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Fairest Vol. 3: The Return of the Maharaja [Kindle Edition]

3.0 out of 5 stars  See all reviews (1 customer review)

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Product Description

Product Description

New York Times bestselling, award-winning creator Bill Willingham presents a new series starring the female FABLES. Balancing horror, humor and adventure in the FABLES tradition, FAIREST explores the secret histories of Sleeping Beauty, Rapunzel, Cinderella, The Snow Queen, Thumbelina, Snow White, Rose Red and others.

When Nalayani seeks the help of the Maharaja to save her village from the Dhole, she uncovers a secret that could change the Fables Universe forever: the still alive and long-thought dead Prince Charming!

This volume collects Fairest #15-20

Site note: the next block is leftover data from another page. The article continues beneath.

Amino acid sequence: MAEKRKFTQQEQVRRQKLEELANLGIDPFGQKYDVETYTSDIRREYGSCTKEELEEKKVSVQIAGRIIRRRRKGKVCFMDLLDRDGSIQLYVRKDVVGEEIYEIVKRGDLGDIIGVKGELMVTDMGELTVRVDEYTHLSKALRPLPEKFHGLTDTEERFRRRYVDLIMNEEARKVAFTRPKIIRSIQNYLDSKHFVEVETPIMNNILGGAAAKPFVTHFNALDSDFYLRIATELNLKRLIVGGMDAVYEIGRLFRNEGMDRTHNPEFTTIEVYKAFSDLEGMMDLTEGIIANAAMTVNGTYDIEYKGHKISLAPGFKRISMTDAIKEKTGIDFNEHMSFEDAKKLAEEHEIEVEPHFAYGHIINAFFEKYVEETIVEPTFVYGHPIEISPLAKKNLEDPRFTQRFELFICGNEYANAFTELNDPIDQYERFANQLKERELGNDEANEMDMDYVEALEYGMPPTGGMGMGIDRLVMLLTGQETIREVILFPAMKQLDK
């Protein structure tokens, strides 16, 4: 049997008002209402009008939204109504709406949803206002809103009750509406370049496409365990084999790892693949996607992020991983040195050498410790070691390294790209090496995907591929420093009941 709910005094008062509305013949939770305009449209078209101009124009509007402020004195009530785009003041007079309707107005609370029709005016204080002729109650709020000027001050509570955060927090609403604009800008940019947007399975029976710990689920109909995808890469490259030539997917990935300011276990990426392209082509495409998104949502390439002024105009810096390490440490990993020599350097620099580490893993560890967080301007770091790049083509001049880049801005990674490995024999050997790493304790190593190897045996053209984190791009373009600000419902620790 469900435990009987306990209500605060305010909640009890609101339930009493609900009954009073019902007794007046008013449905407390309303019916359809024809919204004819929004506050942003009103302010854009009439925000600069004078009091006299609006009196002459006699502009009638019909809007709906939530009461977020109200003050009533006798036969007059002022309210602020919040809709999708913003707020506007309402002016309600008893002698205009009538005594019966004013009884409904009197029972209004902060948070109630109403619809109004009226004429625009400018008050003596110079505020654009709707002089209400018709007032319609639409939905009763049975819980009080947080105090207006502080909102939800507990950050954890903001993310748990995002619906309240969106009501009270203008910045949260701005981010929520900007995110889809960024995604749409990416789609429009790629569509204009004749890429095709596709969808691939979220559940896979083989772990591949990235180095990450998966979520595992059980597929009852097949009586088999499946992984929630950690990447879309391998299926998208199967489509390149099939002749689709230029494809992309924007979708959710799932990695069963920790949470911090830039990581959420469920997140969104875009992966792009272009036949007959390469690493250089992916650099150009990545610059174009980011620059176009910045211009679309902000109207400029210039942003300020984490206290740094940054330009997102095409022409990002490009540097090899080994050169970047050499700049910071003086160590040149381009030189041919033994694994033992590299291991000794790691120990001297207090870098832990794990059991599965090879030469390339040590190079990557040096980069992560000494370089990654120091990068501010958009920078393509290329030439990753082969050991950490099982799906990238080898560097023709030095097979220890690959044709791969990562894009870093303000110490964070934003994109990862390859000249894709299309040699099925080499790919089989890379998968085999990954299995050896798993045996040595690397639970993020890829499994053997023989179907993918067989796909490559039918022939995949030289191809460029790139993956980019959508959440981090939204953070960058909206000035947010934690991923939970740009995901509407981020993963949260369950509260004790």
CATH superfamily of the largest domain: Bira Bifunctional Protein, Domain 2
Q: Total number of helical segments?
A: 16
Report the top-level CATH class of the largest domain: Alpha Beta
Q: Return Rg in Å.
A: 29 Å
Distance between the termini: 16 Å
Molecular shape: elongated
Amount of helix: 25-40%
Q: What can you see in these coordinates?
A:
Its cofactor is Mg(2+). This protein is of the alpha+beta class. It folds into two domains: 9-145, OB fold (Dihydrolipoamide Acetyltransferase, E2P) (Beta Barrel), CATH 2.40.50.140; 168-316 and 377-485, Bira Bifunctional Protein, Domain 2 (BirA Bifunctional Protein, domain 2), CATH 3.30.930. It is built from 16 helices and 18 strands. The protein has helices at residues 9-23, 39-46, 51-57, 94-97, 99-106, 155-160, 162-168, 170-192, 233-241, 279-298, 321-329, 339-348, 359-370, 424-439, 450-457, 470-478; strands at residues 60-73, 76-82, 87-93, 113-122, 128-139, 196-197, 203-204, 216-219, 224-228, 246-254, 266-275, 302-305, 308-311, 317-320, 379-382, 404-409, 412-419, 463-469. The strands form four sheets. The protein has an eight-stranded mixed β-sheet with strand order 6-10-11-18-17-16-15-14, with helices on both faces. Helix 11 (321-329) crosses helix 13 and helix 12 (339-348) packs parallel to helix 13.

About the Author

Sean E. Williams is a storyteller in all mediums, with a background in theatre, film, and television, having spent a decade writing and producing in Hollywood. Before the third arc of FAIREST for DC/Vertigo, he most recently wrote two novellas set in Decipher, Inc.'s WARS universe for Grail Quest Books. He currently writes comic books and prose from the wilds of Minnesota.

Product details

  • Format: Kindle Edition
  • File Size: 91485 KB
  • Print Length: 144 pages
  • Publisher: Vertigo (3 Jun. 2014)
  • Sold by: Amazon Media EU S.à r.l.
  • Language: English
  • ASIN: B00IUSN5U6
  • Text-to-Speech: Not enabled
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  • Word Wise: Not Enabled
  • Average Customer Review: 3.0 out of 5 stars  See all reviews (1 customer review)
  • Amazon Bestsellers Rank: #273,519 Paid in Kindle Store (See Top 100 Paid in Kindle Store)
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Most Helpful Customer Reviews
3.0 out of 5 stars OK but ... 13 Oct. 2014
By Zamorka
Format:Paperback|Verified Purchase
Bought it after reading all available parts of Fables, hoping that spin off story will be as good as main one. Although the beginning is really promising the end of the book seems to be rushed and nothing is really well explained (e..g. how Prince Charming survived)..
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Most Helpful Customer Reviews on (beta) 3.1 out of 5 stars  18 reviews
6 of 6 people found the following review helpful